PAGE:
Saskatchewan NDP wants government to name Indigenous children’s advocate 

By Ryan McKenna


REGINA- Saskatchewan’s Opposition is calling on the provincial government to appoint an Indigenous children’s advocate.

NDP deputy leader Carla Beck says there must be an immediate change to ensure vulnerable children can be kept in their homes. The New Democrats also want a review of child-welfare legislation.

“This is an issue that with the status quo, with promises by the government but not backing them up, is getting worse,” Beck said Wednesday. “We are seeing a higher percentage of kids in care and we are seeing the overall numbers increasing.”

The number of children in out-of-home care in Saskatchewan was 5,257 at the end of March.

The government says that figure represents all children in the province’s care, including kids who are in the care of extended family or who are seized off-reserve and then transferred to a First Nations child and family services agency.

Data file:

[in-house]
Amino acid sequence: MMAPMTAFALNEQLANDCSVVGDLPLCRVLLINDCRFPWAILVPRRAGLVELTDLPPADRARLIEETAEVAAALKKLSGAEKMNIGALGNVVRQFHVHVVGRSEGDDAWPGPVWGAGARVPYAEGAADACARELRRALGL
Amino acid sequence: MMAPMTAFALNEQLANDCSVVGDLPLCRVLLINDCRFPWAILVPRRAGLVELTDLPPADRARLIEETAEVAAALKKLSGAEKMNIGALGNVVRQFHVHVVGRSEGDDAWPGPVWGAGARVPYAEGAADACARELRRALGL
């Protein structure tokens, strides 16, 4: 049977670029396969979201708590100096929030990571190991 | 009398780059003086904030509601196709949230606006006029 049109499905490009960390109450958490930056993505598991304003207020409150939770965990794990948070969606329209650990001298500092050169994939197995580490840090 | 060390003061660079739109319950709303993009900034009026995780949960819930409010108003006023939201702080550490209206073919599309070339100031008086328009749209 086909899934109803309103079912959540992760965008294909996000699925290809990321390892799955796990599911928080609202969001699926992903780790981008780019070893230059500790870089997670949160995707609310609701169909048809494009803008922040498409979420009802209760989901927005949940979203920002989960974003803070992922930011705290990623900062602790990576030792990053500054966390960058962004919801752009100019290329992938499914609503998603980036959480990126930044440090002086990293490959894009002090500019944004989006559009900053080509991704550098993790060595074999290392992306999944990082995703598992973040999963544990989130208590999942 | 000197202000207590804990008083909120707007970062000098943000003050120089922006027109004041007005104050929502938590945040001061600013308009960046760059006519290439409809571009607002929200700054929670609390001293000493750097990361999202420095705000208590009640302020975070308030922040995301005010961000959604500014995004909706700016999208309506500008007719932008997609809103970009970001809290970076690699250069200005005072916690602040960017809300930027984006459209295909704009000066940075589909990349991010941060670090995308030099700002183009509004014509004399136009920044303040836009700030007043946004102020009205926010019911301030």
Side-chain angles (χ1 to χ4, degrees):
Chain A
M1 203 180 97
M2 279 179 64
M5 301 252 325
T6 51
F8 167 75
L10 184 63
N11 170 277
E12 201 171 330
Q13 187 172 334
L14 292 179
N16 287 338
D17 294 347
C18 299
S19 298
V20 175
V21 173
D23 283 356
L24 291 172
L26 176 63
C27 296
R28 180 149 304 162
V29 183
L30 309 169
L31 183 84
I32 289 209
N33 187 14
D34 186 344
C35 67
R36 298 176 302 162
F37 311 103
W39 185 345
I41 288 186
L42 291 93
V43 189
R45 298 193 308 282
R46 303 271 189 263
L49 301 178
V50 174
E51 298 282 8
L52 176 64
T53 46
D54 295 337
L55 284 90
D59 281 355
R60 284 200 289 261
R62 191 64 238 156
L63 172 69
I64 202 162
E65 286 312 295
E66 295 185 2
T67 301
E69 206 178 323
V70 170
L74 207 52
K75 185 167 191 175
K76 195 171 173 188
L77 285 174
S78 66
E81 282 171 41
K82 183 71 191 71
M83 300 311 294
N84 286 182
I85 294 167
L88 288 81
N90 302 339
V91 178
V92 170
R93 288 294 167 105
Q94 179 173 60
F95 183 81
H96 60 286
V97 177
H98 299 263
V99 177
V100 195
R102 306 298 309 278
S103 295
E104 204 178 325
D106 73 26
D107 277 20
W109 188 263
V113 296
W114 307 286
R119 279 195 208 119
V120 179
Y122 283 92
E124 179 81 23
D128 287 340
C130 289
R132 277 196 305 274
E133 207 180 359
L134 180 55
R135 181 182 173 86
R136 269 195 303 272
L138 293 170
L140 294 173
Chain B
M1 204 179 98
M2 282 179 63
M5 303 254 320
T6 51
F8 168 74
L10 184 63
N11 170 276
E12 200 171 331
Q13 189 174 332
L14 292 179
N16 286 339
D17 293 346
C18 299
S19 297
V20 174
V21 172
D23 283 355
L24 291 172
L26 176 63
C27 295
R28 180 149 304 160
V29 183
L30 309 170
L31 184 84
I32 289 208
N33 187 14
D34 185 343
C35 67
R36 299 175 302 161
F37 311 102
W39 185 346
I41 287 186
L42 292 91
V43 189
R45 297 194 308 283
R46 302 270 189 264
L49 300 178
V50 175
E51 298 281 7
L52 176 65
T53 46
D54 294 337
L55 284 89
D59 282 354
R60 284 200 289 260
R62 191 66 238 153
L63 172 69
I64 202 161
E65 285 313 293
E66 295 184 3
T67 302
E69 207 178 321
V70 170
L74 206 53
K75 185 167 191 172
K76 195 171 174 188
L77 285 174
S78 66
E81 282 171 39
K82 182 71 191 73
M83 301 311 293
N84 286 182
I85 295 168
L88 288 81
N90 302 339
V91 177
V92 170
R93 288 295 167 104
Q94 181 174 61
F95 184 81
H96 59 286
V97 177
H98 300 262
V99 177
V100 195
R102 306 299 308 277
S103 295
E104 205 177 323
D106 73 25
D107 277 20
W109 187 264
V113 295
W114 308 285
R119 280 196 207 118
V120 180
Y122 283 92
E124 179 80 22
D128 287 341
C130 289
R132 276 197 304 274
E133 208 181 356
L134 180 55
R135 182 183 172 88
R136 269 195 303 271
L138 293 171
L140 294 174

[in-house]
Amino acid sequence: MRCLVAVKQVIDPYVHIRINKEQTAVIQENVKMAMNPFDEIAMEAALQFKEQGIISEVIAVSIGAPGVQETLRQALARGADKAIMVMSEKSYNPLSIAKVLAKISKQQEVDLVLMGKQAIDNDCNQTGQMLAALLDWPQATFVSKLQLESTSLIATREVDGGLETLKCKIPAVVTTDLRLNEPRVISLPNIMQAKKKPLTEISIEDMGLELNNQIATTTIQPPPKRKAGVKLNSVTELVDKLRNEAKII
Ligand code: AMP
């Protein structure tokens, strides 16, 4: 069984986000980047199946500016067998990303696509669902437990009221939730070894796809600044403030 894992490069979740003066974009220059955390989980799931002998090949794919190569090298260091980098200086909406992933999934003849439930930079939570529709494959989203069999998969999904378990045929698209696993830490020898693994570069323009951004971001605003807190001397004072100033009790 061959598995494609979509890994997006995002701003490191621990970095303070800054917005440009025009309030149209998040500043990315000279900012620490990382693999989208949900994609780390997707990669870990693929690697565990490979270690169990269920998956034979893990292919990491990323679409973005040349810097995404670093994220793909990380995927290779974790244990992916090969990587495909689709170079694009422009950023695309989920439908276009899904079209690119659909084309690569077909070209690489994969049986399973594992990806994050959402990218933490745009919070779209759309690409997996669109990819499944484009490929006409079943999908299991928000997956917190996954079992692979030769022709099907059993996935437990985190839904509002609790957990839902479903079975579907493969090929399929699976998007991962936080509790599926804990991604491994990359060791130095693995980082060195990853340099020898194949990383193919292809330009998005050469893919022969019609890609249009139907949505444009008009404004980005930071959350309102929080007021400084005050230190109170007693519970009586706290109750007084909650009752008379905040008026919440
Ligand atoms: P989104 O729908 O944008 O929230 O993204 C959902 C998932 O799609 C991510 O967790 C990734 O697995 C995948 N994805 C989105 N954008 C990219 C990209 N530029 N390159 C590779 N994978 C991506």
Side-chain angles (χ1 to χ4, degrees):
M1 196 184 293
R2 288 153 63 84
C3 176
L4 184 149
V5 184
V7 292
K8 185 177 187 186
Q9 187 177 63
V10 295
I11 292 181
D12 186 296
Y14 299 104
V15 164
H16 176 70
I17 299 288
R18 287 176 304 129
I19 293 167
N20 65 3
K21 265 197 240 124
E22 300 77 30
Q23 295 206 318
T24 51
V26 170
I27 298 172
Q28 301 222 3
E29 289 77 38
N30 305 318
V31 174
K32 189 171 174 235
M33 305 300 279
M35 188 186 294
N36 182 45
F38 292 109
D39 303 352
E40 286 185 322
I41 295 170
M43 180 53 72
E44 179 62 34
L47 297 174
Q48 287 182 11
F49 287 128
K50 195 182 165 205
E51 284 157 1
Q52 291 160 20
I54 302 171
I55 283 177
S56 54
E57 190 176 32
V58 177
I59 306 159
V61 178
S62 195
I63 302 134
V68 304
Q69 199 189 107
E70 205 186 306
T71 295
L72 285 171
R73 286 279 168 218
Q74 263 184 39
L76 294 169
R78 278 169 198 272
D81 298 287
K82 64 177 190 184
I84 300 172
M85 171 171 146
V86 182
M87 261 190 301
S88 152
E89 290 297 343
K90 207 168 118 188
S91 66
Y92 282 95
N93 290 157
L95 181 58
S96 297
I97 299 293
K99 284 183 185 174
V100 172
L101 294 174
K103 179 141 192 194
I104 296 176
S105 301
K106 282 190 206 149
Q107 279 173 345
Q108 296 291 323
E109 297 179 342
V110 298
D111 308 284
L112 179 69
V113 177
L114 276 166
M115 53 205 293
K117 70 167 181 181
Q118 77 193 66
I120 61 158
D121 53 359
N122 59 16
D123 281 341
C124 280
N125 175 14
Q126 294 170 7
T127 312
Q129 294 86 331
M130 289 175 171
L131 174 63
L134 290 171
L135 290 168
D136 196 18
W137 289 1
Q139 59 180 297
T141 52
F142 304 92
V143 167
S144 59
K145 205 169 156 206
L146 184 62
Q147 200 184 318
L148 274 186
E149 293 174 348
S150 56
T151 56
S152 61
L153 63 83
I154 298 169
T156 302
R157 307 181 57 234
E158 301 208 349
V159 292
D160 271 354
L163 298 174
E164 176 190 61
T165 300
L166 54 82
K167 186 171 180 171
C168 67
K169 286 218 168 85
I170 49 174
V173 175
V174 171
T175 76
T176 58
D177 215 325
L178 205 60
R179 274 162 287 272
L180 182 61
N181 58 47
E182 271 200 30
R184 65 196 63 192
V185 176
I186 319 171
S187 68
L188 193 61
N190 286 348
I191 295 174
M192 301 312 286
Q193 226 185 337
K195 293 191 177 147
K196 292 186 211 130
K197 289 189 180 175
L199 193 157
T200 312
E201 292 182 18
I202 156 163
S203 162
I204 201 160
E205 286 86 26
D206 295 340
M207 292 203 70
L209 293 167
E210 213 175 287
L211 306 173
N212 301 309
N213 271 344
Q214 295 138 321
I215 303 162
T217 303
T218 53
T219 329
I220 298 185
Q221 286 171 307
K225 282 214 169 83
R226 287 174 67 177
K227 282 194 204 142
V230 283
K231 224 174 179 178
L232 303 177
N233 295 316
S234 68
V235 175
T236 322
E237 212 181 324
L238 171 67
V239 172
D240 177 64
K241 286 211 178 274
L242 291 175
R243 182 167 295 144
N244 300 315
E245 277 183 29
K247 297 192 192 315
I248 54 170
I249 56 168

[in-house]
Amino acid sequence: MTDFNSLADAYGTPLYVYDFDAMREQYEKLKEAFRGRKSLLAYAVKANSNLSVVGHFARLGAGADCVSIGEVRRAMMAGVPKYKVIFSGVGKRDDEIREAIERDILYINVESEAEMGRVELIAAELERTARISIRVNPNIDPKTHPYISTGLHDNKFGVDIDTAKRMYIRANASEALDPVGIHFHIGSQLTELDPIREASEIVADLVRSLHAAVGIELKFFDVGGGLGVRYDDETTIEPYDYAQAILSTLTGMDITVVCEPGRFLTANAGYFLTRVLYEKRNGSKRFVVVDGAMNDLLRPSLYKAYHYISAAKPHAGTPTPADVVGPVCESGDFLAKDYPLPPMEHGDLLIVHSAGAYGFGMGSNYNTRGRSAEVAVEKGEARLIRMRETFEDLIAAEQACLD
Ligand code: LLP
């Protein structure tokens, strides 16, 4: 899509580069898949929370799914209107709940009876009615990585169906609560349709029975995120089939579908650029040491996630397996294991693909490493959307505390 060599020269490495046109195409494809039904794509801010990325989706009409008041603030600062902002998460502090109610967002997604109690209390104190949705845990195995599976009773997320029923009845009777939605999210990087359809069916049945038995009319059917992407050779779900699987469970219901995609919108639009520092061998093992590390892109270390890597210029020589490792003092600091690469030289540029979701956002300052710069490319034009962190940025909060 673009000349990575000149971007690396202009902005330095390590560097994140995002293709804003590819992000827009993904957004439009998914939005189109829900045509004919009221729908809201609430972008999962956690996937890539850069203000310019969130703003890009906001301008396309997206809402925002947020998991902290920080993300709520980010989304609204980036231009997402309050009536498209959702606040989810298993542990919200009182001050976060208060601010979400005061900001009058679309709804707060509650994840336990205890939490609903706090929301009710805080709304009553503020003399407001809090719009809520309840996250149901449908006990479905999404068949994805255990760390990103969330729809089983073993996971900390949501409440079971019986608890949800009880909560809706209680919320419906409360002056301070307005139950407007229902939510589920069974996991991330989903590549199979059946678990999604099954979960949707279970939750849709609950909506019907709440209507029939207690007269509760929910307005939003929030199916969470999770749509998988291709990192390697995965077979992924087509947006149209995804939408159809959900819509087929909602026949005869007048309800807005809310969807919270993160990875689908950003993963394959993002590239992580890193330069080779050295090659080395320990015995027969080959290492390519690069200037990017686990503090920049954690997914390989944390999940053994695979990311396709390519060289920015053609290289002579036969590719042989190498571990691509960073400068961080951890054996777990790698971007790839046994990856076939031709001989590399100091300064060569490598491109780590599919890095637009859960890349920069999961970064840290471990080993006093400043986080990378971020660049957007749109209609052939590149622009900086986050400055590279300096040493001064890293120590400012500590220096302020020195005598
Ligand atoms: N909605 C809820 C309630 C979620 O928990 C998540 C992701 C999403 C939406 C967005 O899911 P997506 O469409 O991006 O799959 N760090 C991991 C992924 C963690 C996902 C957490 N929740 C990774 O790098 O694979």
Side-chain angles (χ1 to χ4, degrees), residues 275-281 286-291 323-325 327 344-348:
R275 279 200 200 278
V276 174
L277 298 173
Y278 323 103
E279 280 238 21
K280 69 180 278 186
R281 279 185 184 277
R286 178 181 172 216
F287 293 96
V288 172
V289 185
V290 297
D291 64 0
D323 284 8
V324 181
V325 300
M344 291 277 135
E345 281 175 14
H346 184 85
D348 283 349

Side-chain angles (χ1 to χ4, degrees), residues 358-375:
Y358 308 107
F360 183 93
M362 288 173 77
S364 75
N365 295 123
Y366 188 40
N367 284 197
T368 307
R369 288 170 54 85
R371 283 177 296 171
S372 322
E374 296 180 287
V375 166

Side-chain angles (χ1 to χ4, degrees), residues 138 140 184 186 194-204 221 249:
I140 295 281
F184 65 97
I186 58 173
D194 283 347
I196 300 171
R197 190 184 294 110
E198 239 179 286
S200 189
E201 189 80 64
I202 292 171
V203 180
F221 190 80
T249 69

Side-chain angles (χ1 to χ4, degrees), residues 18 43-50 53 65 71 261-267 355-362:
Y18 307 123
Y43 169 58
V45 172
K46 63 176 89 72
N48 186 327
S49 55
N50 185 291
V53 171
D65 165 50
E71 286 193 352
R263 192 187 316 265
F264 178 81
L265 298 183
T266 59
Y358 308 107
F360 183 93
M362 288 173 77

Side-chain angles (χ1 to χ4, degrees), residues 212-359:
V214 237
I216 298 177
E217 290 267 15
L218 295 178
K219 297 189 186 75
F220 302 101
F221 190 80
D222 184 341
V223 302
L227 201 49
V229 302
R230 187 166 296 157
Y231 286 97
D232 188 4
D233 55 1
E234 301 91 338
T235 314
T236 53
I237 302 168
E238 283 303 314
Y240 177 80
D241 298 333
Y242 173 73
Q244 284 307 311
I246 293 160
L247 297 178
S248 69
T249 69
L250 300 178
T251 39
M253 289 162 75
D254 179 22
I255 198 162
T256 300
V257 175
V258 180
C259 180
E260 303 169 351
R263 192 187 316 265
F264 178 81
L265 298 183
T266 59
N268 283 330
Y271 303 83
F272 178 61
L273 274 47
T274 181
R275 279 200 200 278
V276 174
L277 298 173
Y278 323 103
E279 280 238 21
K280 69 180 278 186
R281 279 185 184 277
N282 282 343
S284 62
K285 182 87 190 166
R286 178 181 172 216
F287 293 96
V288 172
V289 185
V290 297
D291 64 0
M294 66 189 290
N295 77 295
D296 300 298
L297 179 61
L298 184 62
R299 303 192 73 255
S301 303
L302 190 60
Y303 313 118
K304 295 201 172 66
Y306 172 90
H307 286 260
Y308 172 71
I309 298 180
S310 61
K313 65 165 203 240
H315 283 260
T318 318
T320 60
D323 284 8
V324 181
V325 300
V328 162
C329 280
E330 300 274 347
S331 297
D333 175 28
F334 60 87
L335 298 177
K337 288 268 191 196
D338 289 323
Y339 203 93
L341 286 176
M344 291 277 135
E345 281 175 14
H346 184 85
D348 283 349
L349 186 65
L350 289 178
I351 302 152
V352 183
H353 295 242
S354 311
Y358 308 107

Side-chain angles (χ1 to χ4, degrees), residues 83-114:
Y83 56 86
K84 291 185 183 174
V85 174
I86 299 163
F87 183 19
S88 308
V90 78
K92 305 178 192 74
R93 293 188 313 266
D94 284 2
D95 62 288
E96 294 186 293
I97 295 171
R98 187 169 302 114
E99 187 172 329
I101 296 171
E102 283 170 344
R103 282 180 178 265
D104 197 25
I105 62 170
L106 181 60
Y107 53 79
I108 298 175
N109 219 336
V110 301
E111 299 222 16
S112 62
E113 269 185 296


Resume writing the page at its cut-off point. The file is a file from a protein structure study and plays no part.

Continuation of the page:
Beck says the creation of an Indigenous children’s advocate is supported by Saskatchewan’s children’s advocate and the Federation of Sovereign Indigenous Nations.

Saskatchewan children’s advocate Corey O’Soup said in a statement Thursday that he supports an Indigenous children’s advocate who works for the Federation of Sovereign Indigenous Nations and is not provincially funded.

The government issued a statement saying it believes all children should have access to an independent advocate. The statement didn’t specifically address the call for a separate Indigenous children’s advocate but noted that O’Soup is the first Indigenous person to hold the position.

A camp with more than a dozen teepees has been set up across from the legislature since late February, in part to highlight the disproportionate number of Indigenous children apprehended by child-welfare workers.

Protesters and government officials met July 2 to discuss concerns but protesters have said they will stay put until at least a second meeting is arranged.

Regina police officers moved in to break up the camp last month _ arresting six people before releasing them without charge, but more teepees were set up again a few days later.

“You cannot arrest your way out of this,” said Buckley Belanger, NDP critic for First Nations and Metis relations. “There has to be some significant work in fixing the system.”


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